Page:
melanoma
MELANOMA
Melanoma is a skin neoplasm that originates from malignant transformation of melanocytes.
It commonly occurs in the extremities of women and on trunk or head and neck in men.
Metastases are via lymphatic and hematogenous routes.

Surgical Intervention

  • Surgical excision w/ histologically negative margins is the primary treatment for cutaneous melanoma of any thickness
    • Mainstay of curative treatment for primary melanoma
  • Surgical margins, as determined by the Breslow depth, ensure complete removal of the lesion to definitively treat it & reduce chance of recurrence
    • A Cochrane review in 2009 showed no significant difference in survival between narrow & wide margins thus permitting narrow surgical margins to be recommended due to its lesser morbidity rate
    • Surgical margins for in situ lesions are 0.5-1 cm, invasive melanoma 1-2 cm, 1 cm margin for tumors <1 mm, 1-2 cm margin for melanomas >1-2 mm thick, 2 cm for tumors w/ >2 mm thickness, & for lentigo maligna lesions >0.5 cm due to wide subclinical extension
    • Permanent paraffin sections & not frozen sections are deemed to be the gold standard for surgical margins’ histologic evaluation for in situ & invasive lesions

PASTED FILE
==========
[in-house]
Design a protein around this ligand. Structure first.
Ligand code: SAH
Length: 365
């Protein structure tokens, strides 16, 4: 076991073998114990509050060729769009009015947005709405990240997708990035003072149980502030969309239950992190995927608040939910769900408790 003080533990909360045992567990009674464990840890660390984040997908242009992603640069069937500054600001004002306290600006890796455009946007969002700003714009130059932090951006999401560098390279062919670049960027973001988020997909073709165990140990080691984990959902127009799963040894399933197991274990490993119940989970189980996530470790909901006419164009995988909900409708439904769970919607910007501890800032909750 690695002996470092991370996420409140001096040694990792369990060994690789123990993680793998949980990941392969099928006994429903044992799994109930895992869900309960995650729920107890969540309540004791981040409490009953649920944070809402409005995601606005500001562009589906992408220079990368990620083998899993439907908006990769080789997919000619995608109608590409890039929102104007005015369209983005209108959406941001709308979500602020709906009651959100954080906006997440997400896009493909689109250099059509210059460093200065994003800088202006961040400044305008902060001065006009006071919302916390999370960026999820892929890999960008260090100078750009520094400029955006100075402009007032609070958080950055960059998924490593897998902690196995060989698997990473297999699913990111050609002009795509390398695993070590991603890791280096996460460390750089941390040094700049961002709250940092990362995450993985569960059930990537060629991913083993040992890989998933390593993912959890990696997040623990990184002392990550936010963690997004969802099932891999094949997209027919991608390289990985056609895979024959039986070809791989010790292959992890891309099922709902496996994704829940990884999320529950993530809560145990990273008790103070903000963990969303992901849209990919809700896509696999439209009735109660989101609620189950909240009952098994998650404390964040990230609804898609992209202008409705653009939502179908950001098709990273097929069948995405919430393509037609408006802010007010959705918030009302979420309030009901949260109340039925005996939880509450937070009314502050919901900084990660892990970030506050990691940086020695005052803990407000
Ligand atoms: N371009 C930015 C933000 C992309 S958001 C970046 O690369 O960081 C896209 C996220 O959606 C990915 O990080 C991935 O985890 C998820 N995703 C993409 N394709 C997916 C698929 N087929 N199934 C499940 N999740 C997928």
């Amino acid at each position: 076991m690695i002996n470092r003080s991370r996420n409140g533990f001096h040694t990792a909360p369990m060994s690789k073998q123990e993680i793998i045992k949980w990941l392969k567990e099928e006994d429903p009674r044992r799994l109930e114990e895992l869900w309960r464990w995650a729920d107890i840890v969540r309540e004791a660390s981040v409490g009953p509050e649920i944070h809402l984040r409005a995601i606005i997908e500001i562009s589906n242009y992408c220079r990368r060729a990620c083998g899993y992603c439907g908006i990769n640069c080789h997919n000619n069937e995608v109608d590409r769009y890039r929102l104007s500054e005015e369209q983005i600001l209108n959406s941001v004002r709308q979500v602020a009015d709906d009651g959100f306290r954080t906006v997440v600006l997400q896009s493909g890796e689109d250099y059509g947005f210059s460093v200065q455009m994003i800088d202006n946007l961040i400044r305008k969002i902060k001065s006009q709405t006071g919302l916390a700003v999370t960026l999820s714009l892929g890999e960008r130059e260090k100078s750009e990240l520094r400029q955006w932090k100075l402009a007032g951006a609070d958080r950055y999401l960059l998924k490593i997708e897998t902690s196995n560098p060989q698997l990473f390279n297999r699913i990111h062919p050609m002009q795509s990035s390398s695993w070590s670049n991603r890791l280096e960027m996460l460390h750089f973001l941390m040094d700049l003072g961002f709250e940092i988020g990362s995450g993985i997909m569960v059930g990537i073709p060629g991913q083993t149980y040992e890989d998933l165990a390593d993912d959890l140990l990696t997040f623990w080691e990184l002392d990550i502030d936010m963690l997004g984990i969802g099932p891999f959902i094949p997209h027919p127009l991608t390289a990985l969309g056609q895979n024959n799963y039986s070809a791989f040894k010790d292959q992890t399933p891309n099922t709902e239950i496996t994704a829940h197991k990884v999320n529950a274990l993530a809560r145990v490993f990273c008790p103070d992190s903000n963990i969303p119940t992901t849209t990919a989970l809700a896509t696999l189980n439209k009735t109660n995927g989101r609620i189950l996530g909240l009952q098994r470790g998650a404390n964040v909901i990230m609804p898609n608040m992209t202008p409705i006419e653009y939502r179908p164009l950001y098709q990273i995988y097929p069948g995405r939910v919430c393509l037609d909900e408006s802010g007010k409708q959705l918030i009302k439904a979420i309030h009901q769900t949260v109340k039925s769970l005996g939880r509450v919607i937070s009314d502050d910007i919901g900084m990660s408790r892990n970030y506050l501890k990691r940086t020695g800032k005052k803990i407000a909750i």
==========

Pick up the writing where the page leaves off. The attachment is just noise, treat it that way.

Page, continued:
• Surgical removal is also indicated for treatment of lymph node metastases (complete lymph node dissection) & distant metastatic spread to organs (if feasible) to achieve palliation
  • Though no literature is available for the optimal time from diagnosis to treatment, final operative management should be done w/in 3-6 wk after biopsy
Editor's Recommendations
Most Read Articles
Jairia Dela Cruz, 24 Jan 2017
The likelihood of developing atopic dermatitis and food sensitization may be low among children with habitual consumption of yogurt products in infancy, according to a recent study.
Gayle Fischer, 01 Jun 2014

Acute vulvovaginal candidiasis (VVC) is common and usually easily treated but some women develop chronic symptoms that do not respond to conventional anti-Candida treatment. Recently proposed diagnostic criteria may help clinicians identify women with chronic VVC. Evidence is mounting that it represents a hypersensitivity response to commensal Candida spp. It usually responds to long-term antifungal treatment.

01 Oct 2013

Bacterial vaginosis affects approximately 29% of women of childbearing age. The aetiology of the disorder is unclear, but it is characterized by an alteration in the vaginal microflora and the replacement of Lactobacillus spp with anaerobic vaginal bacteria such as Gardnerella vaginalis, Prevotella spp, Mobiluncus spp, Mycoplasma hominis, and Atopobium vaginae. The disorder can become chronic, but a recent study has shown that the application of vaginal ascorbic acid (vitamin C) tablets has a prophylactic effect.